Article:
Just in time for Christmas knitting, it’s an elf hat!!
Quick and easy, perfect for the kids on your list. This is just my Top Down No Math Manly hat, started with 3 st instead of 6! Made of Bernat Softee Chunky on size 10 1/2 needles, it worked up in about two non-intensive evenings.
I’ll write the pattern out here, but if you’ve made my top-down no math hat before, just CO 3 and away you go.
Yarn: Whatever you like.
Needles: whatever the label calls for, or a bit smaller. You can use dpns to start, then switch to a smallish (24”) circular, or you can stay on dpns throughout, or you can magic loop it.
Notions: a tapestry needle and a freewheeling attitude.
CO 3 st.
Row 1 (and all odd rows): k. Work the first round as if you’re doing icord – just slide the st to the other end of your dpn or circular, and tug the yarn tight before you begin.
Row 2: inc1, k1, repeat to end (6 st) At this point, or maybe after row 4, you might want to distribute evenly on 3 dpns. If you’re using magic loop, you’re already good to go.
Row 4: inc1, k2, repeat to end (9 st)
Row 6: inc1, k3, repeat to end (12 st)
What I’m doing here is increasing 3 st in every other row. If you want a really long, floppy elf hat, you can work more K rows between the increase rows.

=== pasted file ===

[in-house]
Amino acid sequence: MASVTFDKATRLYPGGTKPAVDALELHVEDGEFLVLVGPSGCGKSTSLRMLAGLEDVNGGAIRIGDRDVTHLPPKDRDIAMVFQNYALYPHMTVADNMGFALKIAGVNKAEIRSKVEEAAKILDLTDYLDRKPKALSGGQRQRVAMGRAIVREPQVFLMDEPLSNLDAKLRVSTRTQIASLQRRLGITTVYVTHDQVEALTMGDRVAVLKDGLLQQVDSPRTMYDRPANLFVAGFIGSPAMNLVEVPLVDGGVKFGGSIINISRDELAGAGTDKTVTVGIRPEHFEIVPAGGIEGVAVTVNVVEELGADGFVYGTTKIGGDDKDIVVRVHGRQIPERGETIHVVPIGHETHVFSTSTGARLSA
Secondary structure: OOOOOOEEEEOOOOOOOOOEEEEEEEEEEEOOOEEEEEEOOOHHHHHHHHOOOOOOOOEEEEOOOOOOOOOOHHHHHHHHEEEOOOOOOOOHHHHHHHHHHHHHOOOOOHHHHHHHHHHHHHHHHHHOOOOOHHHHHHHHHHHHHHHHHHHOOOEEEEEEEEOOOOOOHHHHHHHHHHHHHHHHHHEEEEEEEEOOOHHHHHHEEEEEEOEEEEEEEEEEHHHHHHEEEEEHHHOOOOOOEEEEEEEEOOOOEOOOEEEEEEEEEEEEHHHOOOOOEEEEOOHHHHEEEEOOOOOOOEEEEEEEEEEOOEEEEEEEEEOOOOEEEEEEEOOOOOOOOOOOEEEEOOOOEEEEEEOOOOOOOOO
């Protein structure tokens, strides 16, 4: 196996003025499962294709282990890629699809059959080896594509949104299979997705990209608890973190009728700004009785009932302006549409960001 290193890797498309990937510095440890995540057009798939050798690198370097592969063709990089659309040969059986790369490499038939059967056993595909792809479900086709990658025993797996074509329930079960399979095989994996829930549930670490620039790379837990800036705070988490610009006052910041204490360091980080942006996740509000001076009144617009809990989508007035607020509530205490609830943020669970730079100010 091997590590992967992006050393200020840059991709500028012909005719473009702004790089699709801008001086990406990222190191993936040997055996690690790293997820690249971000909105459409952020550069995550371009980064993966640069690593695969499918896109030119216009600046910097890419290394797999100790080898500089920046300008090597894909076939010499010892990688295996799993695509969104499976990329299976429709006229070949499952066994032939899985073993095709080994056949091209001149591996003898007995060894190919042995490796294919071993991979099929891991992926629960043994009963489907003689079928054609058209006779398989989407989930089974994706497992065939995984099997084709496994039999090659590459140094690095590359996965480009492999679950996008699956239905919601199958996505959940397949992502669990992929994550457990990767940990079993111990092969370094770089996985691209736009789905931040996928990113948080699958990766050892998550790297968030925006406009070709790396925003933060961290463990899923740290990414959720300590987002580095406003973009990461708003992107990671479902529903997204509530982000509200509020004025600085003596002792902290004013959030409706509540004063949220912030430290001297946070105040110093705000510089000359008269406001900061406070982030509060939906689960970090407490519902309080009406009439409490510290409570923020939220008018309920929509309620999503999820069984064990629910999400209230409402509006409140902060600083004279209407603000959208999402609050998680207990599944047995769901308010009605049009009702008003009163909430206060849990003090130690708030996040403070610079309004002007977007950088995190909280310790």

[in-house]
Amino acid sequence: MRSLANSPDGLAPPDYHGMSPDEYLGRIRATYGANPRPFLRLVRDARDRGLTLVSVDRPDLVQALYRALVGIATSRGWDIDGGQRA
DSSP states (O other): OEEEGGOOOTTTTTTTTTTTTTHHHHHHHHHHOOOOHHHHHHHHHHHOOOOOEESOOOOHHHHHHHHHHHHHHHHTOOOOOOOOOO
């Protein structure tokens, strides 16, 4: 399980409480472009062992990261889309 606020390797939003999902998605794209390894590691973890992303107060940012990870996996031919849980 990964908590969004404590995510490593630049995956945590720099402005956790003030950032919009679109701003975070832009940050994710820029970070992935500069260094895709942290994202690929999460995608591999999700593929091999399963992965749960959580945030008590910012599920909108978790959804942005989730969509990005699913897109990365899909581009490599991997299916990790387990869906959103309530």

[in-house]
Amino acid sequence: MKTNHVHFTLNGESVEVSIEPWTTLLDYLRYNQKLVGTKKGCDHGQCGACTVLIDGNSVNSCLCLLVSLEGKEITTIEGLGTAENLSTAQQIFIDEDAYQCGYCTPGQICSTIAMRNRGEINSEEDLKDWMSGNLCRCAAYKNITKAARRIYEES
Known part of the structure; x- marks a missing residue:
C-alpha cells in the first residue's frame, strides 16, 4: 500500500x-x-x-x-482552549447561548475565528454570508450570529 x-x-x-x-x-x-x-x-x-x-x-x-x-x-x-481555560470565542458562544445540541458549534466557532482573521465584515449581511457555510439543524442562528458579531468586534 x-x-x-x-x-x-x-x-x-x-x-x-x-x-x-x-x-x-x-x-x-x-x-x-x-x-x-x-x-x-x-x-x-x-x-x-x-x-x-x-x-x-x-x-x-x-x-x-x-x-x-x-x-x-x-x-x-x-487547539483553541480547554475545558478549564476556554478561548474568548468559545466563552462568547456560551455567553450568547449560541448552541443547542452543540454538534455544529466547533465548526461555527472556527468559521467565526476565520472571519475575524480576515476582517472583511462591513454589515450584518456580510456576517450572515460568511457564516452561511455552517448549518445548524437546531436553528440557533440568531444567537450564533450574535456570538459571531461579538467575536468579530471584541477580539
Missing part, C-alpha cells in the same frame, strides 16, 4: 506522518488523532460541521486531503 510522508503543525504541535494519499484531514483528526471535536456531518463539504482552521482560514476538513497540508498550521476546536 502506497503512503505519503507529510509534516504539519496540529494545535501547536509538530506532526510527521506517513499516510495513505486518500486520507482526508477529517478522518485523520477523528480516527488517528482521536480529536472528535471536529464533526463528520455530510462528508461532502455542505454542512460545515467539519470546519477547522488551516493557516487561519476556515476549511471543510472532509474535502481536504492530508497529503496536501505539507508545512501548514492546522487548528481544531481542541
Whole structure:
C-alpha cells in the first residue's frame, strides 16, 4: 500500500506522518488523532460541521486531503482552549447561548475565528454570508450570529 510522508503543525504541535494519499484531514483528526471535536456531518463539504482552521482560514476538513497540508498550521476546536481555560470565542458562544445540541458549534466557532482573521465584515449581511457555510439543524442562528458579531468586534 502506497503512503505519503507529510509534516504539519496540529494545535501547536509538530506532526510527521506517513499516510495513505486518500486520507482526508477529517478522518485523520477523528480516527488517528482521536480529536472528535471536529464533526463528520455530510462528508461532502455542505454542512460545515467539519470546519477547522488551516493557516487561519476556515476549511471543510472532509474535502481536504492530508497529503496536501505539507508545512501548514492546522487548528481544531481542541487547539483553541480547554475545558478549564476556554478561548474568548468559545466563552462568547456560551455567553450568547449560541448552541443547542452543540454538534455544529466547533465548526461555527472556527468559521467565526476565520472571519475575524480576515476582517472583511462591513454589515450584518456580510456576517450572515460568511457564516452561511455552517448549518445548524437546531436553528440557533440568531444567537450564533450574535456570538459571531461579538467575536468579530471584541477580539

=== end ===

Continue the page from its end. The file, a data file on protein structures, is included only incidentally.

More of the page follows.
Continue in this manner until the circumference of your knitting is a little smaller (an inch less? Thereabouts?) than the circumference of the head you’re knitting for.
Note: it’s really easy to make these hats too big. Happens all the time. You get increasing, you smush your stitches so they won’t fall off the dpns, and the next thing you know the hat’s too big. There are a few things you can do:
- Stop increasing a little earlier than you think
- Rip back to when the increases were enough
- Decrease a bit towards the end.
Once you’ve increased enough, just knit around and around until it’s long enough, or you’re about to run out of yarn. I just BO loosely and let it roll up. You can rib, or do a few rows of garter st, as you prefer. Sew in the ends, and seriously consider adding a pom pom or tassel.
Ok, folks, I can take a hint. My two Top-Down, No Math hats account for over half the hits I have ever gotten on this site. So, I will give you more. Yes! A new Top-Down, No Math hat, this time aptly named: FourSquare. It looks like a hot-cross bun, doesn’t it?